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First record of Ranunculus white mottle virus from Australia
1 Department of Agriculture and Fisheries, 3 Roessler Ave, Applethorpe, Australia
2 Department of Agriculture and Fisheries, Dutton Park, Brisbane, Australia
3 QAFFI, The University of Queensland, Dutton Park, Brisbane, Australia
Received: 23 Aug 2019; Published: 29 Sep 2019
In 2004, a vein yellowing disease of soil-grown greenhouse capsicum was observed in southern Australia (Fig. 1). Symptoms were similar to those of pepper yellow vein disease, a suspected viral disease of capsicum transmitted by soilborne Olpidium species (Fletcher et al., 1987). Disease symptoms were apparent on young plants and faded as the plant matured. In 2008, the disease was again detected in this region and was graft-transmitted to four capsicum plants which developed vein-yellowing symptoms. This isolate (2155) and a sample lyophilised in 2004 (isolate 1631) were tested by RT-PCR using the OP1 and OP2 primers specific for RNA-1 of the genus Ophiovirus (Varia et al., 2003). RT-PCR amplicons of the expected size (136 bp) were obtained from the suspected virus-infected samples but not from healthy capsicum.
A larger amplicon was amplified using the OP2 primer and a newly designed degenerate genus-specific primer OP3 (5´-TCDCAAACHCAAGTACAAATGGAAG-3´) in RT-PCR. The product was amplified from isolate 1631 and the amplicons cloned. Four clones were sequenced, and all were identical (GenBank Accesssion No. MN128532). This sequence was 97.5% identical to that of Ranunculus white mottle virus (RWMV, AF335429) using a pairwise nucleotide sequence alignment. ICTV criteria for classifying Ophiovirus species are based on coat protein sequence (http://www.ictv.global/report/aspiviridae; Garcia et al., 2017; 2018), however, there are no RWMV coat protein sequences available for comparison. Based on available sequence, the virus is identified as RWMV.
Specific primers, RWMVF1 (5´-CGAACATTCCATCTACGCCT-3´) and RWMVR1 (5´-GATAGACAATGCCGCAACAA-3´) were developed and used in RT-PCR to screen field samples. The expected 383 bp amplicons were obtained from the original two symptomatic field samples collected from southern Australian and samples from the four graft-transmitted plants. In 2018, disease symptoms were seen on capsicum plants in seven greenhouse crops inspected in geographically separated areas of the growing region. The disease incidence was between 1-5% and infection by RWMV was confirmed using the specific RT-PCR in samples collected from these greenhouses. No incidence data is available for the earlier detections.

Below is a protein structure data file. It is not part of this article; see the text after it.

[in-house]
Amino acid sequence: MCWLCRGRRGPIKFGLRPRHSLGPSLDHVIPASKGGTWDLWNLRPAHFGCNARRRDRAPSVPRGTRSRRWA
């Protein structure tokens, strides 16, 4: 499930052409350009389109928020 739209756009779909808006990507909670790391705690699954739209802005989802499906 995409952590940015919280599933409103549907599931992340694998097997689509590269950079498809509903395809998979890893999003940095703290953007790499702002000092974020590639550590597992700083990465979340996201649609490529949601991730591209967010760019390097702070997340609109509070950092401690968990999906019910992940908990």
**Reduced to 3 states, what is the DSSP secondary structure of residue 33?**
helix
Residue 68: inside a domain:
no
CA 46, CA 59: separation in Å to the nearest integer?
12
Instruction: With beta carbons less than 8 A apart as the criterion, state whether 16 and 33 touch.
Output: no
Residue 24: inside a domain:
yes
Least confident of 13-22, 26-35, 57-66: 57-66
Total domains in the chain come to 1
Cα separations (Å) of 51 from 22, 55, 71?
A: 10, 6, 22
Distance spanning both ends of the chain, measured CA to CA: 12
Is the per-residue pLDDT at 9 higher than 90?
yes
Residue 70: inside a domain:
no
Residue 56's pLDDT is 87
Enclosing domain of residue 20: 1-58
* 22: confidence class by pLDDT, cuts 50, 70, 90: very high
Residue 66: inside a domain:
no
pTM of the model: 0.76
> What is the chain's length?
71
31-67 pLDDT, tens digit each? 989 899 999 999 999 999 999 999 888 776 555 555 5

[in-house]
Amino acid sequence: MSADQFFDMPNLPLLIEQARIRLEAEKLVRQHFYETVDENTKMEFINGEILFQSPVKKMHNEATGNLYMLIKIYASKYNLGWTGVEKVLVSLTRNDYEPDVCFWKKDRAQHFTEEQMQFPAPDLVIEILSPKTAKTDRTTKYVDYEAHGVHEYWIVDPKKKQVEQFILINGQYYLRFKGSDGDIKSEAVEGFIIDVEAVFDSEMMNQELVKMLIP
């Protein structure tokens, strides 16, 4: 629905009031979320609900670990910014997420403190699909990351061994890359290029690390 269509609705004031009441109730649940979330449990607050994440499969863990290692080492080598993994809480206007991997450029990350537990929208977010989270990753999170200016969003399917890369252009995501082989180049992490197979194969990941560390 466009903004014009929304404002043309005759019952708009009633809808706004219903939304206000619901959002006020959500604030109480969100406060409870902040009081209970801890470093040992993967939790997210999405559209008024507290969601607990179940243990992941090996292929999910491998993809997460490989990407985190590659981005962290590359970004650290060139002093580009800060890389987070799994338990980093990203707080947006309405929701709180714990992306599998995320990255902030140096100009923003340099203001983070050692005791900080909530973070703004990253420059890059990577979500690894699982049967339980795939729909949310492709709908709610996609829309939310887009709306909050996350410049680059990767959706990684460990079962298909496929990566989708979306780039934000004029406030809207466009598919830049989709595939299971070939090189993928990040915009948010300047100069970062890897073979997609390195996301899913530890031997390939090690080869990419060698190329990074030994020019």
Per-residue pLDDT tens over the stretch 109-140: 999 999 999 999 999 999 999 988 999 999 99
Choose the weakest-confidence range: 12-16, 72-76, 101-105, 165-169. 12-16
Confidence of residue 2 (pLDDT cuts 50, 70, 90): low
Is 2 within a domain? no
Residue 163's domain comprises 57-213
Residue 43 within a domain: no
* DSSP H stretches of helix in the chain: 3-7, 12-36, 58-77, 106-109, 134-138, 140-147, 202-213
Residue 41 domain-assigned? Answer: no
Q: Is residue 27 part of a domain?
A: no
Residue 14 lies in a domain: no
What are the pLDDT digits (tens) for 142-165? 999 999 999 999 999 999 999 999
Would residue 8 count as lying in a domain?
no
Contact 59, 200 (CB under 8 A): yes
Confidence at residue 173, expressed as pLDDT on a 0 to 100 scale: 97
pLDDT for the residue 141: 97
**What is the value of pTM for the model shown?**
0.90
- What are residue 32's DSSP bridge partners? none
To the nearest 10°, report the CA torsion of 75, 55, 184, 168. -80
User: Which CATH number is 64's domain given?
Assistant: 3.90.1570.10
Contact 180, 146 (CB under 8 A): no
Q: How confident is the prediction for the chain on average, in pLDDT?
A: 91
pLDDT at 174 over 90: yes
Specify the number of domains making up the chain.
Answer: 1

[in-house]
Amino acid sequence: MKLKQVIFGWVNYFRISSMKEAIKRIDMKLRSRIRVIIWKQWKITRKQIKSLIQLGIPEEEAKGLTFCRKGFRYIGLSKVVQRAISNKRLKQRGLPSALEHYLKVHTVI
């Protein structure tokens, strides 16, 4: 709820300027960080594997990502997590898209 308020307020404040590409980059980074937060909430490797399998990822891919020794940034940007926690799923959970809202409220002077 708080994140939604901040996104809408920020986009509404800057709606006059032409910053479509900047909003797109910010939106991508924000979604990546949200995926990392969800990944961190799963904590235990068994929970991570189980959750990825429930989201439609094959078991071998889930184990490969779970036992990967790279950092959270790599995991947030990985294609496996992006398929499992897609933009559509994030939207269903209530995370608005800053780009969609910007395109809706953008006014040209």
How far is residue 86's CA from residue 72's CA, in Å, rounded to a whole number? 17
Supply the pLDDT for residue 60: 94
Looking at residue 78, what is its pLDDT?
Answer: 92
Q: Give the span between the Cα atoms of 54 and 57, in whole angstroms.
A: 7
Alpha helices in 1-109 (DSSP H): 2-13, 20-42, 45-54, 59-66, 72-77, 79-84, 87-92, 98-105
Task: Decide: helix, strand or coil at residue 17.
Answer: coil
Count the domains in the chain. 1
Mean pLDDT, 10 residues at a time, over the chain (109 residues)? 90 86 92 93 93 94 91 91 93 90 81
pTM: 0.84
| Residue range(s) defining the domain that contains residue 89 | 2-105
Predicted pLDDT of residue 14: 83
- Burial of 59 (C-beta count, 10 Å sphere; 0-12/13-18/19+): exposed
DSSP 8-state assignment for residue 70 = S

In Italy, RWMV was reported to infect ranunculus (Ranunculus asiaticus hybrids) (Vaira et al., 1997) and anemone (Anemone coronaria) (Vaira et al., 2000) and was mechanically transmitted from Nicotiana benthamiana to both N. clevelandii and N. megalosiphon where it elicited systemic infection (Vaira et al., 1997). There is no evidence that RWMV causes significant economic loss in capsicum crops, but symptoms can be confused with those caused by the more damaging Tomato spotted wilt virus which can lead to inappropriate management choices.
This is the first report of RWMV in Australia, and of the virus infecting capsicum. It is, however, likely that RWMV is the cause of the earlier reports of pepper yellow vein disease in this host (Fletcher et al., 1987).
We thank growers for access to plants and Hort Innovation Australia, the Australian vegetable industry and Australian Federal Government for funding.
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To cite this report: Gambley C, Persley D, Thomas JE, 2019. First record of Ranunculus white mottle virus from Australia. New Disease Reports 40, 13. [http://dx.doi.org/10.5197/j.2044-0588.2019.040.013]
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